Gordon Chan, a native of Baoan, Guangdong province, was born in Hong Kong in 1960. Chan began writing screen- plays in 1983, starting with Behind The Yellow Line, directed by Taylor Wong. His screenwriting credits include Double Fattiness, The Big Heat and Jackie Chan’s Dragons Forever. Chan has also directed Hearts To Hearts (1988), The Yuppie Fantasia (1989), Brief Encounter in Shinjuku (1990) and, most recently, Medallion, starring Jackie Chan.
Director Brian Tse
My Life as McDull, an animated feature that was a hit in Hong Kong in 2001, was written and produced by Brian Tse. It had a successful run on the festival circuit, picking up awards at the 2002 Hong Kong International Film Festival, the Golden Horse Film Festival and the Hong Kong Film Awards, culminating in a win for best feature at the 2003 Grand Prix Annecy.
Memories Of Spring 2003
Director Peter Chan
Peter Chan Ho Sun was born in Hong Kong. His first directorial effort was Alan and Eric – Between Hello and Goodbye (1991). Chan’s other films include He’s a Woman, She’s a Man (1994); Comrades, Almost a Love Story (1996), which garnered a record-breaking nine awards at the Hong Kong Film Awards, and Hollywood feature Love Letter. Chan also produced the film Jan Dara from Thailand, and the Korean production One Fine Spring Day.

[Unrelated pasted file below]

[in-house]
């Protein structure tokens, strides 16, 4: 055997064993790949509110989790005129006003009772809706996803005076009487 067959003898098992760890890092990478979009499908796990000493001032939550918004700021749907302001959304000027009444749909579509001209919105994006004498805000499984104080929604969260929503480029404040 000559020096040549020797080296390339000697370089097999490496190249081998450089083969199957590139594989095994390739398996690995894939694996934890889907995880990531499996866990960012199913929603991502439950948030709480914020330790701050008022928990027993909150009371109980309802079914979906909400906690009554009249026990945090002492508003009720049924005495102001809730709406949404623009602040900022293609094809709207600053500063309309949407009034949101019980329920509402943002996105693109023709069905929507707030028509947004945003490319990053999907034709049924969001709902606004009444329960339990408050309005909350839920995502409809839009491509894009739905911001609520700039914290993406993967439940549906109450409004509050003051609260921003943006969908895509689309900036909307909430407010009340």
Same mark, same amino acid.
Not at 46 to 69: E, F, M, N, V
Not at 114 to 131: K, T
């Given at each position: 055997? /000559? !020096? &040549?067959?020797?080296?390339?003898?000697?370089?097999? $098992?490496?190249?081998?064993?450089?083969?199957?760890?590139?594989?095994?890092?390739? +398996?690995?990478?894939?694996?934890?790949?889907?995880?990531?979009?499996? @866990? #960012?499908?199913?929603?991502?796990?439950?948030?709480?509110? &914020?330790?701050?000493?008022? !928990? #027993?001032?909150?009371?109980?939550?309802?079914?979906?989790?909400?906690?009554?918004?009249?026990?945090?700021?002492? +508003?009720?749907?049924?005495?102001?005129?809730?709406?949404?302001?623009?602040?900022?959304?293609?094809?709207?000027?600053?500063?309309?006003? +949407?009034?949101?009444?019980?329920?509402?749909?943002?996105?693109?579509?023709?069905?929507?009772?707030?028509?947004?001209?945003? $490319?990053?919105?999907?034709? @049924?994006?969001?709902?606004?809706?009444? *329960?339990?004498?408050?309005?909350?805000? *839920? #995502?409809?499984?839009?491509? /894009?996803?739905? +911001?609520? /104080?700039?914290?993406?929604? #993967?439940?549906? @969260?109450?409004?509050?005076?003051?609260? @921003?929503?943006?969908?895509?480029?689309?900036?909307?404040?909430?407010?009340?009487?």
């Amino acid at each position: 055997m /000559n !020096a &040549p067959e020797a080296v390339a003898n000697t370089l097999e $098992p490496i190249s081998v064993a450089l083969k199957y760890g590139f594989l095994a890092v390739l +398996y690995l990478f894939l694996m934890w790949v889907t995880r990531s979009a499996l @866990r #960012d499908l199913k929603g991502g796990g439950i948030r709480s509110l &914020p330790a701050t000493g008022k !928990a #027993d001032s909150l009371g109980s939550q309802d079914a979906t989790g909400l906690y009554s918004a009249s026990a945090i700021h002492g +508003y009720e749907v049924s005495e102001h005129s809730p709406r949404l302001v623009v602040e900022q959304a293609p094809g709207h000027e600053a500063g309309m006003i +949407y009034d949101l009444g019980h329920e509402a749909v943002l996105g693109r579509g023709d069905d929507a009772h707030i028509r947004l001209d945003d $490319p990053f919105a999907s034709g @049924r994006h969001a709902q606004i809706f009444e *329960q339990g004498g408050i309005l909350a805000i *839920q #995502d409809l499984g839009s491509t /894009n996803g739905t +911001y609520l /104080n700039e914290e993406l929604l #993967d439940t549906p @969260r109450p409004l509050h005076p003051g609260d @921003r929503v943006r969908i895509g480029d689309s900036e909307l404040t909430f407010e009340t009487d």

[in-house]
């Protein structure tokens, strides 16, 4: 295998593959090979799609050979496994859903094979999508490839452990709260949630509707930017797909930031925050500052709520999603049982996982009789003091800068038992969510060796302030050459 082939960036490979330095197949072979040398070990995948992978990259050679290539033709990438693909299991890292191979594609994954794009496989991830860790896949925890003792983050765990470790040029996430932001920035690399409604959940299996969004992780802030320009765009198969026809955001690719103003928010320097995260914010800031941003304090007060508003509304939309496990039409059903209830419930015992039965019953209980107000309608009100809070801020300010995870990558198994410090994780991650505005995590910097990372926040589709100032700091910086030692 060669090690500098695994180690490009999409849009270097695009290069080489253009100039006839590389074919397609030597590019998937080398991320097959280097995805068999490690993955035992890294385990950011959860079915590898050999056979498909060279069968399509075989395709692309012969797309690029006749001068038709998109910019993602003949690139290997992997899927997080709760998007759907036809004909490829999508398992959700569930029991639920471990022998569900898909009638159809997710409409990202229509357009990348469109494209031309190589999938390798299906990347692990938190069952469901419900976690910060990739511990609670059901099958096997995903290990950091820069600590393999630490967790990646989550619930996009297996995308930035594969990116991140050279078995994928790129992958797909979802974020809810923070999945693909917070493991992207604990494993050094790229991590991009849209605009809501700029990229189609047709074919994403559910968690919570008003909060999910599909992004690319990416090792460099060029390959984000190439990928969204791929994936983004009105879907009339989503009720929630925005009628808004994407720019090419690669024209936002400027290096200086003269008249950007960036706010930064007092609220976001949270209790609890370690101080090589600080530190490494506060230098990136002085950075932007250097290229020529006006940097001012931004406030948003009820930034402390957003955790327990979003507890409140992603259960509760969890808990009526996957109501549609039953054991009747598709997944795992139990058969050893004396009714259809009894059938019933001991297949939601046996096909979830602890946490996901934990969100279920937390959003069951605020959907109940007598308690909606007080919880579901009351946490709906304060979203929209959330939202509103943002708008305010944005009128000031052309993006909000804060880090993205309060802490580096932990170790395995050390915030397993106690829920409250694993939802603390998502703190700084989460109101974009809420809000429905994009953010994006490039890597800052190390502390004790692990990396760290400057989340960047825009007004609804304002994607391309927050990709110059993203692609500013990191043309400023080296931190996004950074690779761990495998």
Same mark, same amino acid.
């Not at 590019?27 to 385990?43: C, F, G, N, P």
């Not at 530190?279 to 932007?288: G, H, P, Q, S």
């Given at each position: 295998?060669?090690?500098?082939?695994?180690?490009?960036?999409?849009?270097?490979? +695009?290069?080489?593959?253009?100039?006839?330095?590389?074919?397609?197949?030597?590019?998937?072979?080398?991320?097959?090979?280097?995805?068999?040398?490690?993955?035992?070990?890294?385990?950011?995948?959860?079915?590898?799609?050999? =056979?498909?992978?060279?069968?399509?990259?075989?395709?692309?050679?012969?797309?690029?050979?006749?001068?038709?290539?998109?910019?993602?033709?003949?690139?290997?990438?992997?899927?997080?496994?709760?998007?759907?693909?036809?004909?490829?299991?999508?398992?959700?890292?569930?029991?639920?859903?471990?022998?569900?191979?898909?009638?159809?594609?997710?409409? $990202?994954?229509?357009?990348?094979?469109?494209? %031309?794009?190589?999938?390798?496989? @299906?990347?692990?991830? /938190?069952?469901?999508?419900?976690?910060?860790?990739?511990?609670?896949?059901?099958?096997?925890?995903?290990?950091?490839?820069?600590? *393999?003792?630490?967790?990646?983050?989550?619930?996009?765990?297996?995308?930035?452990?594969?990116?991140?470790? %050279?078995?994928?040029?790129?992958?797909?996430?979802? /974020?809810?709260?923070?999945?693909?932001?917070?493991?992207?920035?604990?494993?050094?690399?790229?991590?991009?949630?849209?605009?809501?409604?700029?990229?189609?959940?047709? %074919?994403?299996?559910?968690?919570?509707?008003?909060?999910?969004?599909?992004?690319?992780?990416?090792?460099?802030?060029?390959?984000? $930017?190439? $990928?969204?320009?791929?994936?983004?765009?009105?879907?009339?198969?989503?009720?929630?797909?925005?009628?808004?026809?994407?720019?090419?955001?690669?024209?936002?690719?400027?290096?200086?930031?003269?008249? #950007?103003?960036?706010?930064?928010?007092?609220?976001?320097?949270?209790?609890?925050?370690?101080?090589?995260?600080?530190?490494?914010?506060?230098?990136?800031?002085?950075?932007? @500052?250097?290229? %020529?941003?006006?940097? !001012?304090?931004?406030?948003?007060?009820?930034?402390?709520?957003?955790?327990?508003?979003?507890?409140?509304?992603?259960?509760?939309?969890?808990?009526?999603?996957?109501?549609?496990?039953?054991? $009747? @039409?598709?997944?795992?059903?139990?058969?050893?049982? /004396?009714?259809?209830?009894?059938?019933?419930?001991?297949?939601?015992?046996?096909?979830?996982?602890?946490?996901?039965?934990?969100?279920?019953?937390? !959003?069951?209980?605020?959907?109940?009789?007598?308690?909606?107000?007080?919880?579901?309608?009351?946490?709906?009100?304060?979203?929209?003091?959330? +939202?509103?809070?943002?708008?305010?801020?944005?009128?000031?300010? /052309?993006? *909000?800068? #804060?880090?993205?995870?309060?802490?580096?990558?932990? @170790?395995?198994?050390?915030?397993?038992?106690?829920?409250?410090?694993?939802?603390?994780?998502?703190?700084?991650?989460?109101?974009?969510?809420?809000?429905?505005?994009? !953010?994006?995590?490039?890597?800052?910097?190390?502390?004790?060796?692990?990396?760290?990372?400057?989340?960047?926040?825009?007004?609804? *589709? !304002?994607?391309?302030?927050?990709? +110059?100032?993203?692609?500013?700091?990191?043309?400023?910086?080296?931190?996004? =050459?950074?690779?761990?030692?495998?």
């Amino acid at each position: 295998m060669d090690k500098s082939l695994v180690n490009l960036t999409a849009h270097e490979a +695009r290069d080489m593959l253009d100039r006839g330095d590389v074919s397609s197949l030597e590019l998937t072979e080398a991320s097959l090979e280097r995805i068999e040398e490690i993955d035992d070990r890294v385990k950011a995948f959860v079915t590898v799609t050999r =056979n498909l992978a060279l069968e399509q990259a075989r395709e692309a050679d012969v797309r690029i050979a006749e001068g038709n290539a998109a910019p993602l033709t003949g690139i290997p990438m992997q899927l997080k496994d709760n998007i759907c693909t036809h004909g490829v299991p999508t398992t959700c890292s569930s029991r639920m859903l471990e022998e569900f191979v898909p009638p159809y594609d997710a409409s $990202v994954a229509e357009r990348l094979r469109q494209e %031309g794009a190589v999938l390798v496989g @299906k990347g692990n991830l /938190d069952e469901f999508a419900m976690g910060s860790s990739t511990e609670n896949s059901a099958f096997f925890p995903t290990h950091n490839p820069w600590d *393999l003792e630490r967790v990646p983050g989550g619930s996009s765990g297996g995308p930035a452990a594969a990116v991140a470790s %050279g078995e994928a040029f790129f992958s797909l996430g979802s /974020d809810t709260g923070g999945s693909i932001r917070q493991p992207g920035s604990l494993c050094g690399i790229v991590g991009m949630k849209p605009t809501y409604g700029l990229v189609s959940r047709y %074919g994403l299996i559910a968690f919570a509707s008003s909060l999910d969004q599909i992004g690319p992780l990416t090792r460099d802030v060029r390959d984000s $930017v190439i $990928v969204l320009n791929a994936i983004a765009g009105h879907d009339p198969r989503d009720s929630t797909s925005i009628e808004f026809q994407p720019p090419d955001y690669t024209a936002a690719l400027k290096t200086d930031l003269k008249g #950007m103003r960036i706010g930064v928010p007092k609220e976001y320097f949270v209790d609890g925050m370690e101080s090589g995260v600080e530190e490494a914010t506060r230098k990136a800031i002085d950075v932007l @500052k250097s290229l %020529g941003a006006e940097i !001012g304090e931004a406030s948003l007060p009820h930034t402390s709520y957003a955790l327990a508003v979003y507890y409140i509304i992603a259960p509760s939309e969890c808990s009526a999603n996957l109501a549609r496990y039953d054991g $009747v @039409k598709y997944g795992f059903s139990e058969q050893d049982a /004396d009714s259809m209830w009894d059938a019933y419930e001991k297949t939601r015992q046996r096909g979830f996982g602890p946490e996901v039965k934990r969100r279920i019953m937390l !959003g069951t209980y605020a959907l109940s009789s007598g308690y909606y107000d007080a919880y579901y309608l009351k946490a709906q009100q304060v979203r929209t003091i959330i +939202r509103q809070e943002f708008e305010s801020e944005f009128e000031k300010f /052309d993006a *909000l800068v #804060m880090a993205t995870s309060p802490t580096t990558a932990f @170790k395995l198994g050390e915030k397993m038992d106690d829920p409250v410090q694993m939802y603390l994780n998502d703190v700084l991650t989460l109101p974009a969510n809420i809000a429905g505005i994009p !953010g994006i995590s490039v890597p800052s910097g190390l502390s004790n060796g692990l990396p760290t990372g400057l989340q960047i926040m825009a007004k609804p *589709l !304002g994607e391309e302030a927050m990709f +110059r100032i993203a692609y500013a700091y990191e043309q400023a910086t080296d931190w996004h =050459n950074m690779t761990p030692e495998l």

A Glorious Future
Directors Andrew Lau & Alan Mak
Producer and director Andrew Lau Wai-keung started his film career as a cinematographer working on films such as Ringo Lam’s City on Fire and Wong Kar-wai’s As Tears Go By and Chungking Express. Although he switched to directing in 1990, Lau still serves as cinematographer on his own films. His has directed the Young and Dangerous series, Storm Riders and A Man Called Hero. Last year, Lau set up Base Productions, which produced Infernal Affairs and Cat and Mouse.
Alan Mak was born in Hong Kong in 1965. His first film was Nude Fear (1998), which was produced by Joe Ma. Mak then served as executive producer for Dance of a Dream (2001), after which he collaborated with Andrew Lau to co- direct Infernal Affairs. Mak’s directorial credits include Rave Fever (1999), A War Named Desire (2000), Final Romance (2001) and Stolen Love (2001).